Written by Philip Boucher,
Social media platforms are often thought of as open and connected spaces, since they allow users to communicate with a wide range of people and organisations. It seems obvious that to have access to a social network it should be necessary to open an account with the platform, and that on closing the account that access would be lost. However, telephone and email networks do not restrict access to their networks depending on which provider or platform is being used, and there are ways in which social media too could be more open and connected, providing greater connectivity and allowing users to change platform without losing access to the network. This could help foster a more competitive market that is more responsive to challenges such as privacy and disinformation.
The implications of changing provider for telephone, email and social media, three transformative communication services, vary. First, telephones. With both landlines and mobile phones, regardless of the service provider used, it is possible to call friends and family on other networks competing in the market. Any phone, using any service provider, can call any other phone. This means that customers can change provider if they become unhappy with their current provider or want to test the services of a new market entrant. They can even keep the same phone number, so they do not have to tell their contacts to update their phone books. Indeed, their contacts will probably not even notice.
Just like with phone calls, emails pass freely between accounts managed by different providers. Many people have several accounts, perhaps including a personal account from a commercial provider and a professional account maintained by an employer. Here, a customer who wants to change provider can open a new account elsewhere without losing the ability to email friends and colleagues who still use the original provider. Advanced users who are dissatisfied with what the market has to offer, for whatever reason, can even set up their own domain names and servers and control the whole account themselves. They can still send and receive emails to and from anyone else, with any email address. A change of provider, however, means a change of address, requiring contacts to update their directories.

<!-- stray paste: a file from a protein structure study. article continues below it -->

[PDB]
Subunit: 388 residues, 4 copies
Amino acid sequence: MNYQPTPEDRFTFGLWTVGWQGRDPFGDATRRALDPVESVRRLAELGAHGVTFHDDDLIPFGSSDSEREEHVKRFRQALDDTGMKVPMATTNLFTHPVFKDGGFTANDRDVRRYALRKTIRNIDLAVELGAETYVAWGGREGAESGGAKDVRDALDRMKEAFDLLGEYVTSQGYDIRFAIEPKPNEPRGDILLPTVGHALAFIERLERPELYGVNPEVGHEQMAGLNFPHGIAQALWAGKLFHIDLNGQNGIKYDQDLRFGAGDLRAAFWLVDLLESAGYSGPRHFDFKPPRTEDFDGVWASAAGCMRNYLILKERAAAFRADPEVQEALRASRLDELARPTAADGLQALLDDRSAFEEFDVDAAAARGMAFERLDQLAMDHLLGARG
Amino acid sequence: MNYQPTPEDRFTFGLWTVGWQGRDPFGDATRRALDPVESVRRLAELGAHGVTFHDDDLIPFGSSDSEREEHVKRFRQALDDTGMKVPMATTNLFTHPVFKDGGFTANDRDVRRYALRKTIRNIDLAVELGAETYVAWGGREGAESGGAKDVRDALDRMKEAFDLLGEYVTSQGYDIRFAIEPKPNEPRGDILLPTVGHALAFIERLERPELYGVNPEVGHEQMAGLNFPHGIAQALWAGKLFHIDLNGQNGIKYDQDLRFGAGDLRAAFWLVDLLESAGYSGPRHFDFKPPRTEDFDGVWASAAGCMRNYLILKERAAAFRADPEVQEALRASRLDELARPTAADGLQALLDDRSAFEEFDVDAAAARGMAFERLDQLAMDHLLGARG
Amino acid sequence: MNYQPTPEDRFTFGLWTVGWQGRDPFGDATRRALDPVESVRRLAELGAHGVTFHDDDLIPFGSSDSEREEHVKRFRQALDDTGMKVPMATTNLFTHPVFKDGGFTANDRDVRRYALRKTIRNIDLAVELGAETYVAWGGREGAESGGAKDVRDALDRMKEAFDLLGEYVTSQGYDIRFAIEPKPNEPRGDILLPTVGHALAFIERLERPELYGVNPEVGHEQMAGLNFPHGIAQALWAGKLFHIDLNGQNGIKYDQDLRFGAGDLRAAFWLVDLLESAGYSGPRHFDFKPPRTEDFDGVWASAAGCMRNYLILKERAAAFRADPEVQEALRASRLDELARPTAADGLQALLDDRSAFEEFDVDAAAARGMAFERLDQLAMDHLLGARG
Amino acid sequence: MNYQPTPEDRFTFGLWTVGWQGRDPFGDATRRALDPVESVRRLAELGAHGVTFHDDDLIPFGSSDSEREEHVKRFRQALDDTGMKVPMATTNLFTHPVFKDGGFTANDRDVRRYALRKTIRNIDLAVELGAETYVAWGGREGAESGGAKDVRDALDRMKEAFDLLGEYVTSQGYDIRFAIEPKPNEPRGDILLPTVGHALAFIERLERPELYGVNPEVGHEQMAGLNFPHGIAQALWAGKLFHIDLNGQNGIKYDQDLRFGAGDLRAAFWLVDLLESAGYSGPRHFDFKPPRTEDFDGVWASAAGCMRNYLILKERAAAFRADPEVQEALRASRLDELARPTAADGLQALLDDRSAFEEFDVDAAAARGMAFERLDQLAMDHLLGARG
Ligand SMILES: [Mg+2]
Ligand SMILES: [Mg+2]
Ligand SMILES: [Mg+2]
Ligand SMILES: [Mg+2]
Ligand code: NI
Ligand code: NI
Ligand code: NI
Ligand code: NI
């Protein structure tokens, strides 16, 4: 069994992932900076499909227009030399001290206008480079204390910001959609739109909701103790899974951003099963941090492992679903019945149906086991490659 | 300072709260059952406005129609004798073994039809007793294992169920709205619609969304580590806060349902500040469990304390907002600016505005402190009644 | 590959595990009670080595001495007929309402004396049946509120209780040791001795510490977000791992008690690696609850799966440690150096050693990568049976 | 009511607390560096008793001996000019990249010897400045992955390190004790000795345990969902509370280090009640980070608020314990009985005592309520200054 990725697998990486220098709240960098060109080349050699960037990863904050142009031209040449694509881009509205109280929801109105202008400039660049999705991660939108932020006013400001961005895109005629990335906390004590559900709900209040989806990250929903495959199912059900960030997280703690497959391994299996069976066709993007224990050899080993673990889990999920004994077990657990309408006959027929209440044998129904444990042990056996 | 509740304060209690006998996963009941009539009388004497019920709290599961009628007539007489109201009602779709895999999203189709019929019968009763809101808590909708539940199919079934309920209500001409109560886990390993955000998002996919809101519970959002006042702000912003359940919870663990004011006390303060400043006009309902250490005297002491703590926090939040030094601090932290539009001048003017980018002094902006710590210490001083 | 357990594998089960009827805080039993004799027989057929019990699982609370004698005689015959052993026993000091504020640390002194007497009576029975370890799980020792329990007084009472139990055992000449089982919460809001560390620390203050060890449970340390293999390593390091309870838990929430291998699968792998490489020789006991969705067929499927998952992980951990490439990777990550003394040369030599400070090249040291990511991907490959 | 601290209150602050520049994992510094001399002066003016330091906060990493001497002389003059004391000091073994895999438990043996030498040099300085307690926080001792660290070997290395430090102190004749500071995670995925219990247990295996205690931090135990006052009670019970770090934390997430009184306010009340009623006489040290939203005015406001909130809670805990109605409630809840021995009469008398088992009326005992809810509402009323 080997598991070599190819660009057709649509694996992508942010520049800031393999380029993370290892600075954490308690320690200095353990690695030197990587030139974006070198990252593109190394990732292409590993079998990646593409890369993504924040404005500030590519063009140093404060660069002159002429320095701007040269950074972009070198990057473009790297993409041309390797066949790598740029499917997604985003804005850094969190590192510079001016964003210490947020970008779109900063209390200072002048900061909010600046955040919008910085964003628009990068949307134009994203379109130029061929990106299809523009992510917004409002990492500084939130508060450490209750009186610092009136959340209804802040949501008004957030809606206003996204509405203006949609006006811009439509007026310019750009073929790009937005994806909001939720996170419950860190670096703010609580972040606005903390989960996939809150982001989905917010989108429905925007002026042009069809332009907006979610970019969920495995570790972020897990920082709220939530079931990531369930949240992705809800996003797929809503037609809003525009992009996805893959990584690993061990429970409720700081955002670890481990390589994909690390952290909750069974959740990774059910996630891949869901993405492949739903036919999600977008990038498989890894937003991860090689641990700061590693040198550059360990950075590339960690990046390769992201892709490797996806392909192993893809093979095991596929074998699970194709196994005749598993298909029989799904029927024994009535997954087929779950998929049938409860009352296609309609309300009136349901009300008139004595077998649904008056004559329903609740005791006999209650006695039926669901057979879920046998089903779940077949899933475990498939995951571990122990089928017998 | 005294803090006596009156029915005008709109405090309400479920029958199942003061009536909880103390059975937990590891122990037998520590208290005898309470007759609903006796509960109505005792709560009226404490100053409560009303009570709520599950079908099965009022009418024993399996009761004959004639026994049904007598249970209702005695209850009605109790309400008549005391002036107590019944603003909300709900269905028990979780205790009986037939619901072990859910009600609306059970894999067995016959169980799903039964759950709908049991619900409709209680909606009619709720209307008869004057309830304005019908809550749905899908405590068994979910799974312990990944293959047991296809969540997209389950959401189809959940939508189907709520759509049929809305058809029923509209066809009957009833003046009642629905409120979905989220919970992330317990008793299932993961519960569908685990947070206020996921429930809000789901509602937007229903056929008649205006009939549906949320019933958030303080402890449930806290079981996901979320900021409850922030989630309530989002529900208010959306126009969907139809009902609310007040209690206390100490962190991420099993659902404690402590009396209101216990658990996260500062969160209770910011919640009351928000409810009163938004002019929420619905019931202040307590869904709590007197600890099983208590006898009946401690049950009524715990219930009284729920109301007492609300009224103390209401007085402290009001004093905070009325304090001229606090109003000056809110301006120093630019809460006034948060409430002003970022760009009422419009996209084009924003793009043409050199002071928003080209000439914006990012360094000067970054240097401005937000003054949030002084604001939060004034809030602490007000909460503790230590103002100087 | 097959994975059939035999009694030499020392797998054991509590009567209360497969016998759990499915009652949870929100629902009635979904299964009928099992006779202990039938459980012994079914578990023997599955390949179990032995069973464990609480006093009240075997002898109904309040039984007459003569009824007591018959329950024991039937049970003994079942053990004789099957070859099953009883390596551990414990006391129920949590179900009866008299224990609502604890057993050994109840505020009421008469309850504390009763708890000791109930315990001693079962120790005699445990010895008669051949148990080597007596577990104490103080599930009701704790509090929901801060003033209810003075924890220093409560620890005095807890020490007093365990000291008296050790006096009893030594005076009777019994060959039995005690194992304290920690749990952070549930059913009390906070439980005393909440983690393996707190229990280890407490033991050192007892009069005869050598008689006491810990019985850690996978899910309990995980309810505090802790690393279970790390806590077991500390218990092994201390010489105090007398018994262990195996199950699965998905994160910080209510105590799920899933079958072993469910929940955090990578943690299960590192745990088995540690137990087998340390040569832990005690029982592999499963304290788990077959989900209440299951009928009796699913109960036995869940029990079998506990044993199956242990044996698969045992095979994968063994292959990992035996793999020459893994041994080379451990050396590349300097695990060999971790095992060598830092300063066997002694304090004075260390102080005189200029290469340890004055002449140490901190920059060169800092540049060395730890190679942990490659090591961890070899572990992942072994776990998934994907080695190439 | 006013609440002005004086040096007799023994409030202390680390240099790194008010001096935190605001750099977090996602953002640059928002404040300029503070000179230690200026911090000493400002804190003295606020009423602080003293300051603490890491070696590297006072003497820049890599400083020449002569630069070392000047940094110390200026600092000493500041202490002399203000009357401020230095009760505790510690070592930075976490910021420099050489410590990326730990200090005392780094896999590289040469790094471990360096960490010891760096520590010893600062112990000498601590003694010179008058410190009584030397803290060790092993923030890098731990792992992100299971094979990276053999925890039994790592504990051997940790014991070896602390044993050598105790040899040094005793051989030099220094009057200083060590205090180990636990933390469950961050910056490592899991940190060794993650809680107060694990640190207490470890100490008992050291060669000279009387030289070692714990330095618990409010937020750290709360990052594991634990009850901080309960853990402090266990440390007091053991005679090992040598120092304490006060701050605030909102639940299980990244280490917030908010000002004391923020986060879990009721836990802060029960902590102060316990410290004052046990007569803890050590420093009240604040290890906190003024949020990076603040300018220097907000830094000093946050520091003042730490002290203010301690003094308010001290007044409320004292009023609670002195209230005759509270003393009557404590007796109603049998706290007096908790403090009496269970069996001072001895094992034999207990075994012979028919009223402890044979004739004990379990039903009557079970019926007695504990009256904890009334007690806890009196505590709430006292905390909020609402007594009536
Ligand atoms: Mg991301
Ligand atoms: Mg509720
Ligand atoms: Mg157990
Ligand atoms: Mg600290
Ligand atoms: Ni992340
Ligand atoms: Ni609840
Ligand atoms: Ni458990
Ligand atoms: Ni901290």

Listen to podcast ‘What if social media were open and connected?‘
When it comes to social media profiles, there are many options available, and some people manage several profiles for different aspects of their personal and professional lives. However, social media platforms do not usually offer interconnectivity, so users cannot interact with accounts on a particular social media platform without having an account on it. This also means that the price is high for any customer who decides to leave a platform. They lose access to the network and their contacts and so might no longer receive invitations to events, and might not even realise what they have missed because they cannot see the pictures posted by their erstwhile contacts.
On the markets for telephone, email, internet or electricity services, customers can choose between several companies that provide access to the same open and connected network. There might be a small fee or minor inconvenience involved in changing provider, but the customer is not penalised by losing access to the whole network. Social media platforms, on the other hand, not only provide access to a network but, rather, they are the network. So the only way to participate in a particular social media network is through an account with the platform itself. Leaving the platform means losing access to that space.
In this sense, social media platforms are less open and less connected than old-fashioned telephone and email networks. As a result, their market is also less competitive. While new entrants to the telephone and email markets can immediately connect their new customers with all other telephone and email users, a new entrant to the social media market does not have the same luxury. Only platforms that are already large can offer a large network and, since they have full control over access to their network, they continue to attract more users. As large networks grow even larger, the cost of leaving them grows accordingly, and so do the barriers to new market entrants.